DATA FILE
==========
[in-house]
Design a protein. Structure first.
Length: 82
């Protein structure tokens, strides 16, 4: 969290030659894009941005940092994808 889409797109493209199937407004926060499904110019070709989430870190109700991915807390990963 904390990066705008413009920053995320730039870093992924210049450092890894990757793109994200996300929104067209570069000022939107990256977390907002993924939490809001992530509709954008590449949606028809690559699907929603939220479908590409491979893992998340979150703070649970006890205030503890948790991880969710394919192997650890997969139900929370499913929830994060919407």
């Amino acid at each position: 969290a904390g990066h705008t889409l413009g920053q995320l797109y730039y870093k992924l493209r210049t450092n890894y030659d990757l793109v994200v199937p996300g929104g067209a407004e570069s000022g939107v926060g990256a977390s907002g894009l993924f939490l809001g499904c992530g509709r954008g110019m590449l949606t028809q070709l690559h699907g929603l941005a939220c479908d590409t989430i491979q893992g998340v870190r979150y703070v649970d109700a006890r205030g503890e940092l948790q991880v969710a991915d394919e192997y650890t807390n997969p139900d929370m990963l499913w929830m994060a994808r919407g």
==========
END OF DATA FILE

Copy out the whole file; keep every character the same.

[in-house]
Design a protein. Structure first.
Length: 82
């Protein structure tokens, strides 16, 4: 969290030659894009941005940092994808 889409797109493209199937407004926060499904110019070709989430870190109700991915807390990963 904390990066705008413009920053995320730039870093992924210049450092890894990757793109994200996300929104067209570069000022939107990256977390907002993924939490809001992530509709954008590449949606028809690559699907929603939220479908590409491979893992998340979150703070649970006890205030503890948790991880969710394919192997650890997969139900929370499913929830994060919407």
């Amino acid at each position: 969290a904390g990066h705008t889409l413009g920053q995320l797109y730039y870093k992924l493209r210049t450092n890894y030659d990757l793109v994200v199937p996300g929104g067209a407004e570069s000022g939107v926060g990256a977390s907002g894009l993924f939490l809001g499904c992530g509709r954008g110019m590449l949606t028809q070709l690559h699907g929603l941005a939220c479908d590409t989430i491979q893992g998340v870190r979150y703070v649970d109700a006890r205030g503890e940092l948790q991880v969710a991915d394919e192997y650890t807390n997969p139900d929370m990963l499913w929830m994060a994808r919407g």